Capacitors - Specifying Replacement Parts

Background

In the past five to ten years, there has been a big shakeout in the capacitor industry with at least 15 major manufacturers ceasing production for various reasons. Product lines have also been discontinued by existing manufacturers.

So what happens when you are trying to replace a discontinued line of capacitor or a capacitor from a manufacturer that no longer exists? Most likely, you will call a distributor or perhaps a capacitor manufacturer and the conversation begins. But do you really know what you are looking for?

What You Need To Know

Hopefully, you will know:

        Capacitance and tolerance that you need

        Rated voltage of the part

        Actual working voltage applied to the device

        Physical size

        Any peculiar temperature or humidity requirements in your equipment

        If it is subject to a high current discharge at any time.

There are very few standards in the capacitor industry, other than in true MIL parts, and interchangeability can be a problem. Particularly with relation to product size. Size, capacitance and voltage rating will give an idea of how far the original manufacturer was "pushing" the voltage rating of the dielectric. That is how many volts per mil of film thickness.

So, if size is settled, let's think about voltage ratings, test voltages and operating temperature. You may find out that, with (for example) a 10 KVDC, 0.1 mfd capacitor, Company A will rate its part for operation at 10 KV at a maximum temperature of 45°C (113°F) and will test the part at only 110% of rated voltage. 20 KV! And other manufacturers will rate theirs somewhere in between these parameters.

Test Voltage and Safety Margins

In the example above, the second capacitor will probably be bigger than the first, as it will be more costly, in the short term, but is likely to last much longer, in actual service. I should note that most power generating companies, such as Commonwealth Edison, are permitted to have a 10% line voltage variation. Consequently, a capacitor that is being used at its rated voltage could, under certain circumstances, be operated at the test voltage, when the test voltage is only 10% above its’ rating! This is not a good practice, if you want long life.

High Voltage AC Capacitors

High voltage AC capacitors are somewhat different in design from DC capacitors and they are rarely interchangeable. I wish that I had a dollar for every time that someone has blown up a DC capacitor and then said "I used the thing at 7KV RMS at 20 KHz. I took the peak AC (7000 x 1.4 = 9800 V) and figured that a 10 KV DC rating would still give me a little safety margin". This is very wrong for 2 reasons. It is a tossup to decide if corona (partial discharge producing substantial ionisation) would literally eat the dielectric or if the heat build up in the capacitor would cook everything first.

Without getting too technical, the inherent nature of films limits the corona inception voltage in a single capacitor section. For example, the different dielectric combinations of paper and Mylar for 3 KVDC, 4 KVDC, 5 KVDC or 6 KVDC all start to show corona at about 1500V, RMS, 60 Hz with lower voltages at higher frequencies. Other films or combinations of film and paper have different corona thresholds; but always ask if a part can be used on AC at the voltage and frequency that you require.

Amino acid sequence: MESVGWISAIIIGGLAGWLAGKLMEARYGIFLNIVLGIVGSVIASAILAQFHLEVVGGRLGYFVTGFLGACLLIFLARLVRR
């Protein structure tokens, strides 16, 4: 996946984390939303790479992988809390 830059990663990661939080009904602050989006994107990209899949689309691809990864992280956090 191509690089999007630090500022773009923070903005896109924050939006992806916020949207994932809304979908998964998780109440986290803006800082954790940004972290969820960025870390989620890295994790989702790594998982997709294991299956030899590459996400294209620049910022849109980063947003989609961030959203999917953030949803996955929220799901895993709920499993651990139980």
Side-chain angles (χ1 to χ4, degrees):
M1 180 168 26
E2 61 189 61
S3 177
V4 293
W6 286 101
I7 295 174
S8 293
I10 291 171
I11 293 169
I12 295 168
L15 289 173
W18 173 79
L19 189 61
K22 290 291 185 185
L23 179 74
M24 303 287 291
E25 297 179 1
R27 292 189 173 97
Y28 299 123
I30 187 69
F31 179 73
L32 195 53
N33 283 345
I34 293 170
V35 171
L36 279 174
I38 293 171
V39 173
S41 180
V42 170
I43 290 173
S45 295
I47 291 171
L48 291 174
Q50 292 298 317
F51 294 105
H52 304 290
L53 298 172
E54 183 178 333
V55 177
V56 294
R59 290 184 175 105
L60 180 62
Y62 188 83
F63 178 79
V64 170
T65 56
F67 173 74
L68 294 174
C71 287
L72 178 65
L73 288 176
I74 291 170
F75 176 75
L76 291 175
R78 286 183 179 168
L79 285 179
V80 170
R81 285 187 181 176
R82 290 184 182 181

Dissipation Factor

The voltage and frequency have a very significant impact on the internal heat loss of a capacitor, due to its "dissipation factor" (Df) (sometimes called "power factor"). The Df of a capacitor may be called the sum of all of the errors in the manufacturing process plus the Df inherent in all of the dielectrics.

For example, a Mylar film and paper capacitor has a Df of up to 0.5%; polypropylene film, perhaps 0.02%. This means that, respectively, capacitors made with these films would be 99.5% and 99.98% efficient. Those fractions that remain in the capacitor will turn into heat. While anything that is 99+% efficient would sound darned good, these 2 items would have very different AC results.

If we had a 1 mfd, capacitor operating at 5000 volts, at 60 Hz or at 1 KHz, with paper & Mylar, we would have a capacitor that generated 39°C of internal heat at 60 Hz (assuming a 10 inch cube with no forced air cooling); but at 1 KHz, the same capacitor would dissipate 785 watts and would generate a theoretical heat rise of 654°C! Of course, the capacitor would fail long, long before it reached the theoretical temperature! But on DC voltage (no Hz), Df is of less concern.

Given the same parameters, with polypropylene film, it would warm up about 2°C, at 60 Hz; at 1 KHz, it would dissipate only 47 watts and would warm up about 40°C above the room ambient temperature. Some high frequency AC capacitors must be water cooled, to remove the heat that even forced air cannot deal with.

Replacing Parts

When it comes to replacing the "nuts & bolts" items in a piece of equipment - resistors, diodes, chokes, fan blowers, etc - all are a lot easier to replace than High Voltage Capacitors. The hunt for a close or exact replacement part can lead to a frustrating maze of unknown specs, minimum orders and discontinued items.

When in doubt, call a manufacturer or a well established distributor for a replacement or substitute part. You may need to avail yourself of their library of old, old manufacturers' specifications. Some manufacturers may not want to sell direct to you, or they may not have any cross-reference data but at least you will get an idea of where to start to look for a replacement part.

Primary author: William P. Meskan

Source: Plastic Capacitors, Inc

For more information on this source please visit Plastic Capacitors, Inc

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